Editorial
To spite one’s face

The proverb first appeared in Latin sometime before 1191. Male ulciscitur dedecus sibi illatum, qui amputat nasum suum (He who cuts off his nose takes poor revenge for a shame inflicted on him). It had some traction in different forms, mentioning mutilation and neighbours, before establishing its real popularity in the idiom of 19th-century Britain. Most recently, it is a useful description of Labor’s approach to the stage three tax cuts.

In Question Time this week, Anthony Albanese reiterated his support for the mindless policy: “We haven’t changed our position on the stage three tax cuts at all.” For good measure, he added, again: “At all.”

Albanese knows these tax cuts are self-defeating. He knows almost all of their benefit will go to the richest Australians. He knows they will drive up inflation and make life worse for the poor. He knows they will slice $69 billion from government revenues over the next four years.

All reasonable economists urge the government not to implement them. Anyone looking at their impact can see they will make the country less fair, that they will unpick the safety net and undermine health and education. Albanese knows all of this but he believes he is unable to do anything about it. “We haven’t changed our position on the stage three tax cuts at all.”

Politics has a fondness for precedent. In its practitioners is a love of rules. Staffers will earnestly note the seats in which a government has not lost a July byelection since World War II. The trouble with this false wisdom is that it is soon mistaken for fact. Superstition becomes unchallengeable.

Something like this has happened with the stage three tax cuts. The government has decided they are irreversible and they have become irreversible. It doesn’t matter how much damage they will do; it doesn’t matter how few people they will benefit: they are not changing.

A brave government would look at these preposterous cuts and say they are not possible. They would explain that the 3.6 per cent can live without them. The money would be better targeted on relief for the poor. It is needed to maintain the standard of living this country has always promised and which the government has a key role in delivering.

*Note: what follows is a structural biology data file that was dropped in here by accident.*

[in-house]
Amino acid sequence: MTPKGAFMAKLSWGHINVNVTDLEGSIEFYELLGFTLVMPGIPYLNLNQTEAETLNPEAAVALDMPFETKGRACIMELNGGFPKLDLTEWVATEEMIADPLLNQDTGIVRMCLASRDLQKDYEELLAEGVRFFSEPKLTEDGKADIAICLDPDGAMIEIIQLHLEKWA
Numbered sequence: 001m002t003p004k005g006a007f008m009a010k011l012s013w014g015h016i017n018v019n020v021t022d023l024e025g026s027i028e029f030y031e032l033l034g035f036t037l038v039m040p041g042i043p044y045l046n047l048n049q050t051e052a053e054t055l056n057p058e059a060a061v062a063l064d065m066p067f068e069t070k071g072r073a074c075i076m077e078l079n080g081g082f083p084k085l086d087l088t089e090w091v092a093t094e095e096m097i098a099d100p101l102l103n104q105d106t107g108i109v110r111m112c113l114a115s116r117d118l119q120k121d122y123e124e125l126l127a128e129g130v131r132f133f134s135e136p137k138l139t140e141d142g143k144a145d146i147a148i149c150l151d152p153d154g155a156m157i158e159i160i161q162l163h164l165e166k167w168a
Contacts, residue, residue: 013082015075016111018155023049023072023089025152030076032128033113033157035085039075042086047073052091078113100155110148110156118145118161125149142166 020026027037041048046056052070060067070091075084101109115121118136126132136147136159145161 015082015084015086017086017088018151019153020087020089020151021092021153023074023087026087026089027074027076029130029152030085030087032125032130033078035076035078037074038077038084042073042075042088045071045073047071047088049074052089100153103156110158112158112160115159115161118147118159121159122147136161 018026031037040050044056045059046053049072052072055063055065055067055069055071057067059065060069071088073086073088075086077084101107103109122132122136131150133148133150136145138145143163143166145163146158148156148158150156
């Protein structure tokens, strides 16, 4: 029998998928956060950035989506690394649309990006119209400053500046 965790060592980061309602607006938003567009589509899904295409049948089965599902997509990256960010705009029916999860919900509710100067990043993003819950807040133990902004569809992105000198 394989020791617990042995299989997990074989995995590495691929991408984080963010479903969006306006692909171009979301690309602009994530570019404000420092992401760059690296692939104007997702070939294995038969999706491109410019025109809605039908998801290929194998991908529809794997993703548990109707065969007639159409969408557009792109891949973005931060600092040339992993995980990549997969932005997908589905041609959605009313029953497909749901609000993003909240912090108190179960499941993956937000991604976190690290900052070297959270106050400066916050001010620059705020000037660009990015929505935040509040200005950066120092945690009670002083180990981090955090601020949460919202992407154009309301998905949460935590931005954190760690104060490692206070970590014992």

When Scott Morrison announced the stage three cuts, he never imagined he would have to deliver them. They were a promise for a future he didn’t expect to see. The perverse part is Albanese is keeping that empty promise for him. He cuts his tax to spite his face.

This article was first published in the print edition of The Saturday Paper on December 2, 2023 as "To spite one’s face".

For almost a decade, The Saturday Paper has published Australia’s leading writers and thinkers. We have pursued stories that are ignored elsewhere, covering them with sensitivity and depth. We have done this on refugee policy, on government integrity, on robo-debt, on aged care, on climate change, on the pandemic.

All our journalism is fiercely independent. It relies on the support of readers. By subscribing to The Saturday Paper, you are ensuring that we can continue to produce essential, issue-defining coverage, to dig out stories that take time, to doggedly hold to account politicians and the political class.

There are very few titles that have the freedom and the space to produce journalism like this. In a country with a concentration of media ownership unlike anything else in the world, it is vitally important. Your subscription helps make it possible.

Select your digital subscription

Month selector

Use your Google account to create your subscription